Money is pretty much everything when it comes to starting your planning process. I can say from experience, it’s key. So the anxiety you feel before dropping a crazy sum to kick-start your trip should come as no surprise.
A deep breath can help with that. Remember, it’s an investment in your life. Enjoy it!
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In terms of the practical, there are two ways to pay for plane tickets: with a credit card (paying later) and with cash (paying now). I’ll talk about the implications of each method below:
If you don’t want to wait months or years to launch out into the unexpected beyond, your payment method of choice will likely be to put the money on a credit card and pay it off later. While some people do use cash, the greater majority still opts to pay with the good ol’ fashioned credit card alternative.
Before you ring up a huge amount on your current card though, think about getting a new account for the express purpose of your travels. This will help you organize and keep track of your expenses inside one account and also give you options. When looking for a new card, use a company that gives the most flexibility. Don’t pay more than the tickets were worth — look at 0% interest cards that allow 6 months or a year to pay the charge back with no finance charges. Also, make the transaction work for you — look into cards that give benefits, such as airline miles, rewards or cash back.
Research credit cards at Creditcards.com. This site has a comprehensive list of different cards available. Which one you use should depend on what you want to make it do. Be advised though that reward cards don’t usually lean heavy on the rewards part—the cash in “cash back” is typically only about 1%. Cash back pioneer Discover Card gives the most favorable return, with occasional bonuses of up to 5 or 6%. Airline cards are the cash equivalent in tickets with a $10,000 purchase giving you a ticket worth between $100 and $150, again around 1%.
Be prudent with how much you throw on your card, and I’m not the only one out there saying this. It’s way easier to add money than it is to remove it. Beware the dreaded credit card hangover.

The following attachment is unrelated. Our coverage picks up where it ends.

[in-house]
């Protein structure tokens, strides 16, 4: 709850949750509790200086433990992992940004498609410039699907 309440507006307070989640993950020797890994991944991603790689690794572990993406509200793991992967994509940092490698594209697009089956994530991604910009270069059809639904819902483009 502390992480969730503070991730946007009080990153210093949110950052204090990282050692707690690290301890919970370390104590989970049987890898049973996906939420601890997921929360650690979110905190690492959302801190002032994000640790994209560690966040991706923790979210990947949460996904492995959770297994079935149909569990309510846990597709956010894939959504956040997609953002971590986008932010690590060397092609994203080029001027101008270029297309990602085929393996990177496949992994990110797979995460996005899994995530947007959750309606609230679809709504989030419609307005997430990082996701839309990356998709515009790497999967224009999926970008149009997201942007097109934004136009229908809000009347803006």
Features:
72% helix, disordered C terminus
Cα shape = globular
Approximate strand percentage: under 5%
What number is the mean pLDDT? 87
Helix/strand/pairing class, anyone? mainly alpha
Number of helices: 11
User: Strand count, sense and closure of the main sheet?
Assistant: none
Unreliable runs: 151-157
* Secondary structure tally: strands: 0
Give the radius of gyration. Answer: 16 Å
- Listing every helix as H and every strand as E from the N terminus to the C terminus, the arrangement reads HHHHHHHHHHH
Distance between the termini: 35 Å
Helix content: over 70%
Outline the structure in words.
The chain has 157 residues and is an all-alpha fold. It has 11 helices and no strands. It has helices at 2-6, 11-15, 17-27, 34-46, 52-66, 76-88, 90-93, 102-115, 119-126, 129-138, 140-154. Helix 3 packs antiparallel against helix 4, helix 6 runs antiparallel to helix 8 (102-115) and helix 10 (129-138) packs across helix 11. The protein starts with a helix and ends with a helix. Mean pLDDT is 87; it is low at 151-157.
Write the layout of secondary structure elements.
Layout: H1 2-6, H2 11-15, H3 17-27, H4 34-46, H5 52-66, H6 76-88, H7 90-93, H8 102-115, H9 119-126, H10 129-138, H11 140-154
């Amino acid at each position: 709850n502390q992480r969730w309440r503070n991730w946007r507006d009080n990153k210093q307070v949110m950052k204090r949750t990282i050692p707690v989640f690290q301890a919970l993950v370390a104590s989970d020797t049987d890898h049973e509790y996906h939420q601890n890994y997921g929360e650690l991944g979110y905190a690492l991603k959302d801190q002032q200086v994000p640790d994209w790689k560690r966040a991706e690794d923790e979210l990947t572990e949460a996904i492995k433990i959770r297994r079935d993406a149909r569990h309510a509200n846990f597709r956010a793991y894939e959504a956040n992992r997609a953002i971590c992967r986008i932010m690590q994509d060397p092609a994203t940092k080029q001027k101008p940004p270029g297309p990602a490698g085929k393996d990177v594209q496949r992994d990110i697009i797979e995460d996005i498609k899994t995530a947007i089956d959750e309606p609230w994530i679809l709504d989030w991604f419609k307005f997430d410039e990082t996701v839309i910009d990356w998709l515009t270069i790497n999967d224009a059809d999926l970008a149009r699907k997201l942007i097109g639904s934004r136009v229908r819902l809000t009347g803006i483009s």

If the thought of dropping $10 grand on a credit card terrifies you, you’re not alone. People are rightfully hesitant to go all out on their credit card debt, even for something as valuable as travel.
The alternative is to pay for the trip in cash. This method keeps the debt hangover at bay and your conscience guilt free. Of course, if you’re singing a cappella in the I’m-not-rich choir than this method will require an equal amount of both foresight and determination. After all, saving money is not the average American’s strongpoint.
So how to do it then? Daniel over at Two Go RTW—a site he and his wife built to help them prepare for their own around the world trip—has outlined their methodology on how to reach your saving goals.
They have this to say:
In general, a comprehensive savings plan has five steps:
- Assessment. Here you must hold your proposed itinerary up to the glaring light of your financial situation. Once you have a general idea of your trip’s day-to-day expenses and the time you would like to spend abroad, you’ll need to compile a personal income statement that lists your income vs. expenses.
- Setting goals. A savings plan should comprise several goals, some short-term and some long-term.
- Creating a savings plan. The savings plan details how to accomplish your goals. It could include, for example, reducing unnecessary expenses and/or increasing one’s income in order to meet or exceed a savings target.
- Execution. Execution of a savings plan requires discipline and perseverance. We’ve found that sticking to a savings plan is easier if you can make it habitual.
- Monitoring and reassessment. As time passes, one’s plan must be monitored for possible adjustments. You cannot take chances by being too aggressive or too conservative at the wrong stages. You have only a limited time to accomplish your goals, and you must be sure to allocate your savings properly. What you really want is assurance that your money will be there when you’re ready to start globetrotting. We’re talking about funneling your savings into money market accounts, short-term CDs and perhaps a bit in ultra-short-term bond funds. Remember, when it comes to your travel fund, the rule is stability first, return second. And, actually, with low (or declining) inflation, the current returns aren’t as bad as they appear.
Daniel also found a handy website that can help in your savings journey. On this site is a calculator tool that formulates a daily budget for whatever country your visiting based on expense needs they’ve averaged for each place.
To help in your saving process, my suggestion is to build a travel fund—using an individual savings account works well. Every time you visit your bank’s website, transfer a little money into the travel fund. I look at it this way, it’s money that may have been spent on something like a pizza dinner but now goes to feed your travel appetite.
A combination of the two
Probably the most practical method of paying for a trip is to use a combination of both the credit card and cash method. If you have some cash saved but not all, use it to keep from burning out your credit card. Or use the credit card for its benefits and immediately pay it off with the cash I have on hand. This keeps the money out of debt patrol while still giving the benefits of using a credit card.
Best of luck on the financial voyage that will allow you real voyage become all that much closer to reality!